When he learned of his decline in the polls, he immediately blamed me, accusing me of spending too much time with other clients. Yelling and screaming, he escalated his charges, refusing to listen to me tell him that his latest ad had not been on television yet when the poll was completed. He kept ranting.
Finally, I had enough. I stood up and said I was leaving, quitting the campaign. I grabbed my coat and headed out of the mansion. As I crossed the foyer, I suddenly fell to the ground, tackled by Bill Clinton. I saw his large fist coming at me. Hillary was trying to get between us, yelling “Bill, Bill, stop it. Think about what you are doing. Bill, stop it!”
Bill got up and I walked out the door. Hillary ran after me. She tried to calm me and asked me to walk around the grounds of the Mansion with her. “He only does this to people he loves,” she told me. (I’ll leave that one for the psychologists.)
When the story appeared in the media in 1992 , probably leaked by a fellow political consultant I had confided in that night, I called Hillary to warn her that the press was on to the fight. Her advice: Deny that it ever happened. I never did that, but I refused to comment.
Years later, when I was writing my book, Behind the Oval Offi ce, I sent the galleys to Bill. He marked up a few areas where he had questions or comments. Then he called me and said “I never did actually hit you.” He asked me to change the text and tone down the story.
At the request of the president of the United States, I did.
After that Sunday morning phone conversation about the Washington Post story, I wrote the president a letter telling him how upsetting I found his tantrums and saying that I couldn’t work with him any longer if that’s the way it was going to be. He seemed shocked that his volcanic outbursts caused personal pain. But he knew that I was serious and wrote me a nice note apologizing and the outbursts ceased.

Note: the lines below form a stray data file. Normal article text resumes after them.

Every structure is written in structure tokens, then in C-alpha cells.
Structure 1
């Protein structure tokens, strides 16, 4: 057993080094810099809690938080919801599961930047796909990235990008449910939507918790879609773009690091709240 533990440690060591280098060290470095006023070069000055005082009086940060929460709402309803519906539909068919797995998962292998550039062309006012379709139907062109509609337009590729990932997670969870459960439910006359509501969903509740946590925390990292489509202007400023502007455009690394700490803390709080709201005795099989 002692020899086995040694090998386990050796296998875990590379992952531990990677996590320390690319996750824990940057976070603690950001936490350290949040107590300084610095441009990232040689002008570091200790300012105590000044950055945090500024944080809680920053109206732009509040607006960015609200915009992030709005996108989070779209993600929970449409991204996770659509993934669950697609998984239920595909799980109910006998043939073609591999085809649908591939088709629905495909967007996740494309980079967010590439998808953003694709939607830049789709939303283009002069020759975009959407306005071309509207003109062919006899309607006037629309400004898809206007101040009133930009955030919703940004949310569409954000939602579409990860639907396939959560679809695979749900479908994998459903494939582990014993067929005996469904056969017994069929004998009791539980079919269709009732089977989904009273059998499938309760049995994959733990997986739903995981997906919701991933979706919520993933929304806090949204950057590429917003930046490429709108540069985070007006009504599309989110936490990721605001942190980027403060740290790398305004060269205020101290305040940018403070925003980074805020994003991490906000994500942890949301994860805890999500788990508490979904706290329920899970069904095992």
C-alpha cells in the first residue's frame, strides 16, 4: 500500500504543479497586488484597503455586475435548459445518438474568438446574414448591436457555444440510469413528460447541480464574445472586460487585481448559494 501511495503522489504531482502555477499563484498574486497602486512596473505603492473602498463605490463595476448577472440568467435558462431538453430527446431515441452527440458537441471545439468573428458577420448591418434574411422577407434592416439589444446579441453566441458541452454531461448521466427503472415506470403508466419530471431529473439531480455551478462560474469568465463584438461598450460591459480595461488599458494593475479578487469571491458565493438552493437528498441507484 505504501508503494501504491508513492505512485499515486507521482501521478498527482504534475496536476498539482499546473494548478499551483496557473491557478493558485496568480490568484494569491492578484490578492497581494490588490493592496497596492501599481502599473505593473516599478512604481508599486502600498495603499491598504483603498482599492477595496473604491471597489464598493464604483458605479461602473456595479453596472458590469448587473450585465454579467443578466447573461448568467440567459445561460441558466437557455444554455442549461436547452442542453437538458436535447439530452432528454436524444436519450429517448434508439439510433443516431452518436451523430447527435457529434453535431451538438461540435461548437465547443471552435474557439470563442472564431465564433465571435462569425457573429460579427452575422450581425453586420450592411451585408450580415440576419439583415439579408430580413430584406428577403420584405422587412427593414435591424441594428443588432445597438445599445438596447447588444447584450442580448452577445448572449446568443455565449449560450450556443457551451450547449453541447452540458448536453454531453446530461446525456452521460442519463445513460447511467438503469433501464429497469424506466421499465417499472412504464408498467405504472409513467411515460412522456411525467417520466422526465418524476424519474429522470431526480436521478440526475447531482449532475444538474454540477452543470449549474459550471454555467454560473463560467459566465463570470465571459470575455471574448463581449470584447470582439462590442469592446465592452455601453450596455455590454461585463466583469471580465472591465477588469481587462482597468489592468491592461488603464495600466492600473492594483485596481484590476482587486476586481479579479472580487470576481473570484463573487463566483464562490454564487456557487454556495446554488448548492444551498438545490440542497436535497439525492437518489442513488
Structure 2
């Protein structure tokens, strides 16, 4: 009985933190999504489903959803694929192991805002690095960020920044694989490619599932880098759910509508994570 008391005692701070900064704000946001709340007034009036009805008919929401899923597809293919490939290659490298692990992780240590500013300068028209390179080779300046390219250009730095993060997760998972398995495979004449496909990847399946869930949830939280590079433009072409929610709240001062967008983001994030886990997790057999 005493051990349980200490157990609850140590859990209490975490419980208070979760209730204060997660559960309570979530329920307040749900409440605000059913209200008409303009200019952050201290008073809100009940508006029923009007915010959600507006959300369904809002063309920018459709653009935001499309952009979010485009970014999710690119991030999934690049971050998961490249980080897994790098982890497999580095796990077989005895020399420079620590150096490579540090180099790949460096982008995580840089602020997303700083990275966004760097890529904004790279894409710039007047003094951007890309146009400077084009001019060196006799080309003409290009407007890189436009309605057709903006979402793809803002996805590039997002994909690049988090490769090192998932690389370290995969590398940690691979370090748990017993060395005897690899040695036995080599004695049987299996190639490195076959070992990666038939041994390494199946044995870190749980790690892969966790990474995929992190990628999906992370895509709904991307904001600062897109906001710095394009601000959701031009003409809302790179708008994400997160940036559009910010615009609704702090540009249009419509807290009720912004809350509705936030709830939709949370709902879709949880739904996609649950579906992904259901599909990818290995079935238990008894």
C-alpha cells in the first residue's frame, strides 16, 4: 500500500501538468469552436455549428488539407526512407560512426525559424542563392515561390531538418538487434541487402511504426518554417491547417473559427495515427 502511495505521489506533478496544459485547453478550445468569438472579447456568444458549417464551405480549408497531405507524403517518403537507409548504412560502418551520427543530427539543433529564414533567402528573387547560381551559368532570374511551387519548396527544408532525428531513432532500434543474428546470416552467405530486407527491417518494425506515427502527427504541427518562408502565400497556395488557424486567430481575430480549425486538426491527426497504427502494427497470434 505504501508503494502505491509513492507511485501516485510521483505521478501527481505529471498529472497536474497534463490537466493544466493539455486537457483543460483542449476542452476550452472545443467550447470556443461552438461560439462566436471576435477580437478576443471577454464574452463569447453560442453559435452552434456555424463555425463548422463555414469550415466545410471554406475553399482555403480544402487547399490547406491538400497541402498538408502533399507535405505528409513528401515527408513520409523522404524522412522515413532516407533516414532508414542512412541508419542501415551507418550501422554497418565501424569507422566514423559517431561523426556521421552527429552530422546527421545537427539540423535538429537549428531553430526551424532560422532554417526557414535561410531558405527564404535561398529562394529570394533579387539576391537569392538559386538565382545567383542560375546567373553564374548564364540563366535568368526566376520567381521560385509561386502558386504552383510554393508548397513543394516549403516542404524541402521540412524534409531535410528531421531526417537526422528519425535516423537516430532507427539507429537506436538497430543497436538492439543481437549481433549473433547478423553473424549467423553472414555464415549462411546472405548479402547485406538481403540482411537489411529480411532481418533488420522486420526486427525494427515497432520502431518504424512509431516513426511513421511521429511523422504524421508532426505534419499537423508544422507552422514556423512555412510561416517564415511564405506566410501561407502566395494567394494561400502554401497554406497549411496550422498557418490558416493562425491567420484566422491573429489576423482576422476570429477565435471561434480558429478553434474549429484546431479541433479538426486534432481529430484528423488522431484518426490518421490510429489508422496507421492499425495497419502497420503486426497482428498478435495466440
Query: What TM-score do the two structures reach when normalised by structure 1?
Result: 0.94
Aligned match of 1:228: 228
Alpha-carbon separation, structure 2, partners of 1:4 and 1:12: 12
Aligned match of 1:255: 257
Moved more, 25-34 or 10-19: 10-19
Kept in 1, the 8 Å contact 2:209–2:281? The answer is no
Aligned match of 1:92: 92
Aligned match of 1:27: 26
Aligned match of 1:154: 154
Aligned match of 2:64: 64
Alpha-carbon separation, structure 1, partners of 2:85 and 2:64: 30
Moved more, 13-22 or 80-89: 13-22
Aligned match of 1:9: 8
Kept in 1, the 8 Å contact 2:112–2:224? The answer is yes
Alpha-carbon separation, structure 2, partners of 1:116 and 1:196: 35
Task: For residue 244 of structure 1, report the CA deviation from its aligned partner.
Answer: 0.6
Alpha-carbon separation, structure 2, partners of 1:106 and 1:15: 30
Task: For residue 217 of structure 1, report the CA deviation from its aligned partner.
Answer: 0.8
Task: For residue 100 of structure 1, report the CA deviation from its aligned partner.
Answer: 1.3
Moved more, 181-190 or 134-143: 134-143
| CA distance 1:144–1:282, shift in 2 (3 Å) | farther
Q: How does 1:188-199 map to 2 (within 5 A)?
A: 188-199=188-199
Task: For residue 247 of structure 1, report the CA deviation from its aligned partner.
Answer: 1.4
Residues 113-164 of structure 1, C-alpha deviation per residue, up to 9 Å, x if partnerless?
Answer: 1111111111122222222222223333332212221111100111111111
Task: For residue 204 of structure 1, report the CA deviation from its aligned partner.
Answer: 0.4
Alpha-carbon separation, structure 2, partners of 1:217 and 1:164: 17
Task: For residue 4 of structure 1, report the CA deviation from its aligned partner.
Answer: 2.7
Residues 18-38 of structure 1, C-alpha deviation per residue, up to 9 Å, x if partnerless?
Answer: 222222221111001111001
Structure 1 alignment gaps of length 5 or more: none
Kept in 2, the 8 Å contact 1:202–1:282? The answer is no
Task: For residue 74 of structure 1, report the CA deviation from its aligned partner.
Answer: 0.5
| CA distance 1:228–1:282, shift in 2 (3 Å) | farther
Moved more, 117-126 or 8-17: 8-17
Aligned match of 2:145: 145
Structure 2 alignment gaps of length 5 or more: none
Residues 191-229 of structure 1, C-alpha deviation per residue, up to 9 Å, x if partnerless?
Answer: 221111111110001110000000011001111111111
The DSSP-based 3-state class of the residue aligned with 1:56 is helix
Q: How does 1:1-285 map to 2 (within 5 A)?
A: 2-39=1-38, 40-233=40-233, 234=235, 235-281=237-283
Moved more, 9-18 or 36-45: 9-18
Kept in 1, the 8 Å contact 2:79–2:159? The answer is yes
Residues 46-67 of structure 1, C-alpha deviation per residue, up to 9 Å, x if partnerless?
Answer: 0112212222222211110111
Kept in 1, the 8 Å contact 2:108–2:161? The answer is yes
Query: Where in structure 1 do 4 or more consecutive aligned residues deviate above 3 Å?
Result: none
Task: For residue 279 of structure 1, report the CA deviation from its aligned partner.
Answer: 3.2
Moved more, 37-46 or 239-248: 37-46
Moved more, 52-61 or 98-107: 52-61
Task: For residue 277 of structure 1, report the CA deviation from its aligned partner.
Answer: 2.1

Until, during the 1996 Republican convention, I called him in Wyoming, where he was on vacation. That was never his happiest time, and apparently, he was upset because his favorite golf driver, given him by the King of Morocco, had broken. (He once told me it to ok seven strokes off his game). He started screaming at me that he was on vacation and did not want to talk about the convention. Again, he was so loud that Eileen heard him across the room.
I hung up on him and went to sleep. A half hour later, Eileen answered a midnight call. A voice told her that the president of the United States was calling for Dick Morris. She told the caller that I was sleeping. Two minutes later, the phone rang again. “Miss, this is a call from the president of the United States.” Again, she told the caller that I was asleep. “The president wants to speak to Mr. Morris right now, please.” “I’m sorry, tell the president that he’s not available right now.” When the phone rang again a few minutes later, it woke me up. It was the president, calling to apologize and to talk about the convention.
Most of Bill’s tantrums were behind closed doors. But during Hillary’s presidential campaign, we’ve seen the real Bill boiling with rage.
But don’t think that he can’t stage blowing his top when he thinks it will be strategically useful. If you have any doubts, just remember another red-faced finger-pointing performance when he said “I want to say something to the American people. I want you to listen. I did not have sex with that woman, Ms. Lewinsky.”
Bill’s tantrums are causing the press to focus on him and not Hillary. That’s what he wants. No more questions about her experience, her ethics, her flip-flops. Now it's all about Bill.